Recommendations for improving clinical cognitive testing were reported by the American Academy of Neurology's (AAN) Behavioral Neurology Section (BNS) Group, led by Kirk R. Daffner, MD, of Boston, Mass. The Group focused on the Neurobehavioral Status Exam (NBSE), conducting evidence-based reviews of testing used for five domains -- attention, language, memory, spatial cognition, and executive function. "Improving clinical cognitive testing" was published online ahead of print on July 10, 2015, in Neurology, the official journal of the AAN.
While the NBSE is used to determine the differential diagnoses and guide intervention, there are no guidelines for selecting tests to include in an NBSE, and little information on how it is used in clinical practive. The NBSE Workgroup was formed to review use of the NBSE in office-based clinical practice, toward the goal of quality improvement in cognitive assessment. Data were collected from 200 AAN-BNS members who conduct NBSE. Responses were reviewed by experts in each of the five domains.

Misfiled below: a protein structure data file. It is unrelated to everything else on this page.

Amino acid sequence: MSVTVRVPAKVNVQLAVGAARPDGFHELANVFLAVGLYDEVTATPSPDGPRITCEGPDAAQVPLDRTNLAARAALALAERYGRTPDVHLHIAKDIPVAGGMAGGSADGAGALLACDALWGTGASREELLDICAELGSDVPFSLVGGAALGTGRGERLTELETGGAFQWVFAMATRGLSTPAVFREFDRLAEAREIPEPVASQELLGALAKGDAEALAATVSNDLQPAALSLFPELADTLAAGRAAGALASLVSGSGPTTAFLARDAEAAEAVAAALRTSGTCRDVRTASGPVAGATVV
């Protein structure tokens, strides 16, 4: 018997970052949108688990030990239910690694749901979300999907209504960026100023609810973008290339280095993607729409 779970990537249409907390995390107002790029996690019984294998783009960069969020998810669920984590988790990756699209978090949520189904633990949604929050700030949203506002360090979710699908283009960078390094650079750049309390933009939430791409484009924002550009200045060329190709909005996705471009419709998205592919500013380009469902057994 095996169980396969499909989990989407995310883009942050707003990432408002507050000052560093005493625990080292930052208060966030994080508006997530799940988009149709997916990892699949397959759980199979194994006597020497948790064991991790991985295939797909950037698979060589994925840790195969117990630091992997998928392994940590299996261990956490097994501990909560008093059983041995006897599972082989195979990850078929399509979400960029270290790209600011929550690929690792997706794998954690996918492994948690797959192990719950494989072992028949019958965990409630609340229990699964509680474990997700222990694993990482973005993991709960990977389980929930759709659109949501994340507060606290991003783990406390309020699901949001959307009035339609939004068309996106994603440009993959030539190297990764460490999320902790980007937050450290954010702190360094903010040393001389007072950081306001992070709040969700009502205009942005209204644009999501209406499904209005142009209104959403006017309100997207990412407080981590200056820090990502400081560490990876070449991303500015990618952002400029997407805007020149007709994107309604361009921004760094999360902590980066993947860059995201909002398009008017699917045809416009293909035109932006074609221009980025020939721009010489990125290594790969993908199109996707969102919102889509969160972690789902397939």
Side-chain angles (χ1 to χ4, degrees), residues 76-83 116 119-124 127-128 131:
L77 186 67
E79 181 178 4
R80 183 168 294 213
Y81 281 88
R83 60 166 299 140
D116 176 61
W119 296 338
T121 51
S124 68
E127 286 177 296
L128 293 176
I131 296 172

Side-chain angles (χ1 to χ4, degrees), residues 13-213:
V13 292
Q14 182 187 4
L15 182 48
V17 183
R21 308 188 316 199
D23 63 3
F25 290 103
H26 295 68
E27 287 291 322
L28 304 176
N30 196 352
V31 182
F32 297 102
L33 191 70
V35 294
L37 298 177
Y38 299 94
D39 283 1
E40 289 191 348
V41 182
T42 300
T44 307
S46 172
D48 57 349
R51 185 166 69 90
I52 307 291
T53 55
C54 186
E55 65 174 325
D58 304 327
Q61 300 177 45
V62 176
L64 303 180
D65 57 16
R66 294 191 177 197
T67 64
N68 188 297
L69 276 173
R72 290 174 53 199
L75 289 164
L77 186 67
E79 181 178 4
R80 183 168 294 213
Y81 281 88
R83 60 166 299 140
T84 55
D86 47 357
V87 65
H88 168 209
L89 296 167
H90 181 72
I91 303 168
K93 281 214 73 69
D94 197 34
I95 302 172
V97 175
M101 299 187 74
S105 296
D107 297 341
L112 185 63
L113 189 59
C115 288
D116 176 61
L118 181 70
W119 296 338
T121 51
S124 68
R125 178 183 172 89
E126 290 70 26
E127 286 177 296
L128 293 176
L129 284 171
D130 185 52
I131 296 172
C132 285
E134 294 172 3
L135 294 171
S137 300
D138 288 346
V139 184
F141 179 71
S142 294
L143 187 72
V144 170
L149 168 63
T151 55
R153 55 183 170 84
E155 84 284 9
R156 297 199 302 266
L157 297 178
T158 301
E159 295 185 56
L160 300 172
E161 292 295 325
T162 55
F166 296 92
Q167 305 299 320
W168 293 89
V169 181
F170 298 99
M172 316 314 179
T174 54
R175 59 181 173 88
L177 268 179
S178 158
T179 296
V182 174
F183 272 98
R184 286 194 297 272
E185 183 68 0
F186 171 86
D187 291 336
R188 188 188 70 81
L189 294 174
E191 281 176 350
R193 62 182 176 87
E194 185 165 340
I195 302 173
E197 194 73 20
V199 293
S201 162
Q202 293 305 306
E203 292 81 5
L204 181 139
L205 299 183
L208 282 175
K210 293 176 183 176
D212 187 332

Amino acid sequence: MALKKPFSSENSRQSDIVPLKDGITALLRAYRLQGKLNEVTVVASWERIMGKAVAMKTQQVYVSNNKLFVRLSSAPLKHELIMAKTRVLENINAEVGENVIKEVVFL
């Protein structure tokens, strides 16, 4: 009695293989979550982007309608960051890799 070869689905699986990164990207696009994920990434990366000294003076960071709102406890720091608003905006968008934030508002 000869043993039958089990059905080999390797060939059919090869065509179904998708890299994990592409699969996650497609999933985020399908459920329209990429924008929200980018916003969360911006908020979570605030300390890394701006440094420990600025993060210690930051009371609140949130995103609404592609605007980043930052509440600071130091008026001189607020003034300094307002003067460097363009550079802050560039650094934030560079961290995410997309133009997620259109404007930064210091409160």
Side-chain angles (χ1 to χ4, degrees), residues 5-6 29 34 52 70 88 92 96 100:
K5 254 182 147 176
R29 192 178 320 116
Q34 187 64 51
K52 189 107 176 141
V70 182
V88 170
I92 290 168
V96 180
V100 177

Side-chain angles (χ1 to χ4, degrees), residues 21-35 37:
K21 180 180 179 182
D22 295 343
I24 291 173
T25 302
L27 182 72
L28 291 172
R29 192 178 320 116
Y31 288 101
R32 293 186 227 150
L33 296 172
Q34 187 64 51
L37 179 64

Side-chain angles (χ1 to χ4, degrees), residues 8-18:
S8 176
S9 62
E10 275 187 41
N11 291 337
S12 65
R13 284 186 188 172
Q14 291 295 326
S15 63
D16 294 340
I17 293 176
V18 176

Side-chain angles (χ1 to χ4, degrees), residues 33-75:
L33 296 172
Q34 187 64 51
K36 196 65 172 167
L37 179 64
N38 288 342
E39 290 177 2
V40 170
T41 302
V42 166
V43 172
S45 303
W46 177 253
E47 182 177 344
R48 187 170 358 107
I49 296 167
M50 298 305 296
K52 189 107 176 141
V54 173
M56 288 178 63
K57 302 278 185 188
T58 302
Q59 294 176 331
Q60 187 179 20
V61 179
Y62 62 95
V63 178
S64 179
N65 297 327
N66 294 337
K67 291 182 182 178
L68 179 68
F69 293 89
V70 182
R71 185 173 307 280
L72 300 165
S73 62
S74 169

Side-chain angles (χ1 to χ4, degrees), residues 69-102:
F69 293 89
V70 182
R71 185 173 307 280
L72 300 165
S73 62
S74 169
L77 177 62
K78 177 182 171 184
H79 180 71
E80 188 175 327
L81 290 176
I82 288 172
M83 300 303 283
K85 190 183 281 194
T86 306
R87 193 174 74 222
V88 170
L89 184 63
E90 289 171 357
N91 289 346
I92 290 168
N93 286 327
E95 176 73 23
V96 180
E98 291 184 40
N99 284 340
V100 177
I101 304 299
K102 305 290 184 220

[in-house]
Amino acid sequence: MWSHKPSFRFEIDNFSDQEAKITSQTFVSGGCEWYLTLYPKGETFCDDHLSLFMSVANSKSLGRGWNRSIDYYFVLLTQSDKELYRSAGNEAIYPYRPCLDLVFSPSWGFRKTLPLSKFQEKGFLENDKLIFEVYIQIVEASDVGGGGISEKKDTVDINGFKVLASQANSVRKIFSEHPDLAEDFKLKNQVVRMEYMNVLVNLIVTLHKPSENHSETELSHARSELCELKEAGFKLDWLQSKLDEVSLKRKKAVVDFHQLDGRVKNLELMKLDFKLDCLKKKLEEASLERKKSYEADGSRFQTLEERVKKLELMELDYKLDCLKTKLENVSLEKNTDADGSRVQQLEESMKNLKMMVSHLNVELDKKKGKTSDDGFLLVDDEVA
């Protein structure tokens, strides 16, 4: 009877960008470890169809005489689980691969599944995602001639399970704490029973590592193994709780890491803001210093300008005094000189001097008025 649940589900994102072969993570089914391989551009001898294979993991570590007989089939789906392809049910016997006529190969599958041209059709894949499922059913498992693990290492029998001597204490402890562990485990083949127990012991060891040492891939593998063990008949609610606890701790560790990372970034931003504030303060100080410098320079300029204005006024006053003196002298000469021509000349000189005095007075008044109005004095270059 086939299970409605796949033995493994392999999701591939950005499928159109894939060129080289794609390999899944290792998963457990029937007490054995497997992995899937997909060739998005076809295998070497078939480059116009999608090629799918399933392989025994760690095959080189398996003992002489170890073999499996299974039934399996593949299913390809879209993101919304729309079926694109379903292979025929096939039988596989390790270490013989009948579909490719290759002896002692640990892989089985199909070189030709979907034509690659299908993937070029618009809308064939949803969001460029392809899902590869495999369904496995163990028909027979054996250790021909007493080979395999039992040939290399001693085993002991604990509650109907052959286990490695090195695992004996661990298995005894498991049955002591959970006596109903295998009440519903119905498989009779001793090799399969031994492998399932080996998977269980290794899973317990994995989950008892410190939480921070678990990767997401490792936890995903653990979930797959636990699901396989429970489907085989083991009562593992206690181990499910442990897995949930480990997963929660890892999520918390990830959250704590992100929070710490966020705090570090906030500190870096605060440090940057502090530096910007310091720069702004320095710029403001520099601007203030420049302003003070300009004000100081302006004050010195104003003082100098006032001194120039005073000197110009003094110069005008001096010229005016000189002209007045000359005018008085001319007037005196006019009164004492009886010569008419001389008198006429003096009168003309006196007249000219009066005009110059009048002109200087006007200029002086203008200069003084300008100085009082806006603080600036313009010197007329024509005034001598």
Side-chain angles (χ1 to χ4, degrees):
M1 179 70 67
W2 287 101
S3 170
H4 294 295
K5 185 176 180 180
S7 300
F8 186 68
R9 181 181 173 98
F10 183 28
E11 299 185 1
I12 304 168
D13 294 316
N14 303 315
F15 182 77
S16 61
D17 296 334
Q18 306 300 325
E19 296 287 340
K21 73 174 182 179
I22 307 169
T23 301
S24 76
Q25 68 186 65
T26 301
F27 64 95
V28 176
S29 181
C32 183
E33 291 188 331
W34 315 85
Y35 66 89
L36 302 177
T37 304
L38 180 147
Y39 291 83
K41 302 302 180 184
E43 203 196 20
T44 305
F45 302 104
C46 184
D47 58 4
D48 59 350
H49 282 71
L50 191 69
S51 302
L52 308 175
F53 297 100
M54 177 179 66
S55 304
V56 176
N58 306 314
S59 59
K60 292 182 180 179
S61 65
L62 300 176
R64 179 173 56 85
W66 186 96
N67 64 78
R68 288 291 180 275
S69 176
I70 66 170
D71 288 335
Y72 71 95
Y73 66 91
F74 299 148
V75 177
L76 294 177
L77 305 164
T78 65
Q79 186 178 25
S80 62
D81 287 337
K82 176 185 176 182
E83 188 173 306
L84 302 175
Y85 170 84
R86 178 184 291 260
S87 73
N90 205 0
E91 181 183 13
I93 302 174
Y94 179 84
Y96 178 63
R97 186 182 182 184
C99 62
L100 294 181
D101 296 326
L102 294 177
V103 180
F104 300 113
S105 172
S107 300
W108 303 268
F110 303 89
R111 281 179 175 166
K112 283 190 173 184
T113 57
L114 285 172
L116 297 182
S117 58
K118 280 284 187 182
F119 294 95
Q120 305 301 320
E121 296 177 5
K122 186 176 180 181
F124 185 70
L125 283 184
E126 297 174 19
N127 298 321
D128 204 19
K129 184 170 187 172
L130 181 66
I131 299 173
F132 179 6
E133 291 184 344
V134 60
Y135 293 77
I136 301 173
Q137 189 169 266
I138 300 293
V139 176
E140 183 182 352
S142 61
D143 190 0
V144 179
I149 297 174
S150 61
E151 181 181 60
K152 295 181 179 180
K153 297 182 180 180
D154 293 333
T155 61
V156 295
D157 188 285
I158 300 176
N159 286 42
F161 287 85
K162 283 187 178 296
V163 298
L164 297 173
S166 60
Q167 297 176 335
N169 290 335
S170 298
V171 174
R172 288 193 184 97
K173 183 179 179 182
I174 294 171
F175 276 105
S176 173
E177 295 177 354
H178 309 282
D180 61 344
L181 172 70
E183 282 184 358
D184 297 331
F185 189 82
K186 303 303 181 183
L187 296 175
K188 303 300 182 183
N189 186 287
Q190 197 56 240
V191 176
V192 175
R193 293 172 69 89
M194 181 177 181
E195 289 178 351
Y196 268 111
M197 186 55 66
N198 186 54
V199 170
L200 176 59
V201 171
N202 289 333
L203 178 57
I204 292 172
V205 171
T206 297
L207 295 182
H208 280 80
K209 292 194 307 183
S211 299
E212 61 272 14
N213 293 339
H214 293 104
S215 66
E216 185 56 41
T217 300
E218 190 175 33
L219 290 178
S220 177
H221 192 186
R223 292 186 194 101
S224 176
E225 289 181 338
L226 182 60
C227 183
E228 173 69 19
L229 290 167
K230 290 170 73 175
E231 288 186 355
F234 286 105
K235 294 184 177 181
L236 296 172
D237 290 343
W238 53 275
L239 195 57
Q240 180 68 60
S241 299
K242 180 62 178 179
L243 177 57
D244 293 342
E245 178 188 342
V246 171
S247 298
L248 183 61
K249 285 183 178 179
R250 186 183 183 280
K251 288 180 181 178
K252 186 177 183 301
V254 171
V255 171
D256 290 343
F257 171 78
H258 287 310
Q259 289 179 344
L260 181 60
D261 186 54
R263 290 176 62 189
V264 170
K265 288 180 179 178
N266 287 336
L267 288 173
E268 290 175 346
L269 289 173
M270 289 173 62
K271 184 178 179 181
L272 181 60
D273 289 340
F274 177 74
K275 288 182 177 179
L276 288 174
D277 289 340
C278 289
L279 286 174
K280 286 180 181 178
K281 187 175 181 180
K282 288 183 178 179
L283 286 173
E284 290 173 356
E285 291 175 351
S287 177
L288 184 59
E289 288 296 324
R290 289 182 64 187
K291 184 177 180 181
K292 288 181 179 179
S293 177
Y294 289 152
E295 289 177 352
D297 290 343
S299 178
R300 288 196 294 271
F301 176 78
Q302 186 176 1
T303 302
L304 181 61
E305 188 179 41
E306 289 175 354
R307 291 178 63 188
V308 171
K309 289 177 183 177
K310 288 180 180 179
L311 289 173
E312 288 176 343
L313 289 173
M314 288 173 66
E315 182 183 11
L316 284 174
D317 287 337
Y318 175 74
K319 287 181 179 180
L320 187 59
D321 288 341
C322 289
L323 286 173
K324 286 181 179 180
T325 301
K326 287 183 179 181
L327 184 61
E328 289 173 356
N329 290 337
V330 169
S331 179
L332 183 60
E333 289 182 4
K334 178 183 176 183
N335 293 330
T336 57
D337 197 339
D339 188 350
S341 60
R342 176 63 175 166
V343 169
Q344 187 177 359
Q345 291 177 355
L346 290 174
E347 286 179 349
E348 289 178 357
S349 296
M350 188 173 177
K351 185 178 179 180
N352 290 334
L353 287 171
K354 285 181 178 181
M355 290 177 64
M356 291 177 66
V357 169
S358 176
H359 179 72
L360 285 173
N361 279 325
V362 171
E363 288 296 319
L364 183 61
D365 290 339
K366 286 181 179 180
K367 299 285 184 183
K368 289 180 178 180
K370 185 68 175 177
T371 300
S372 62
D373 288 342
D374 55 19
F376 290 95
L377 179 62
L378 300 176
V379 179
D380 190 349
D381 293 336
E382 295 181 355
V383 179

"This survey is an important step in our knowledge of how behavioral neurologists apply single-domain cognitive testing in their practices," said A.M. Barrett, MD, of Kessler Foundation, director of the subgroup on spatial cognition tests. "This evidence-based evaluation of commonly used tests provides insights that will inform the decision making process for selecting tests for the NBSE."
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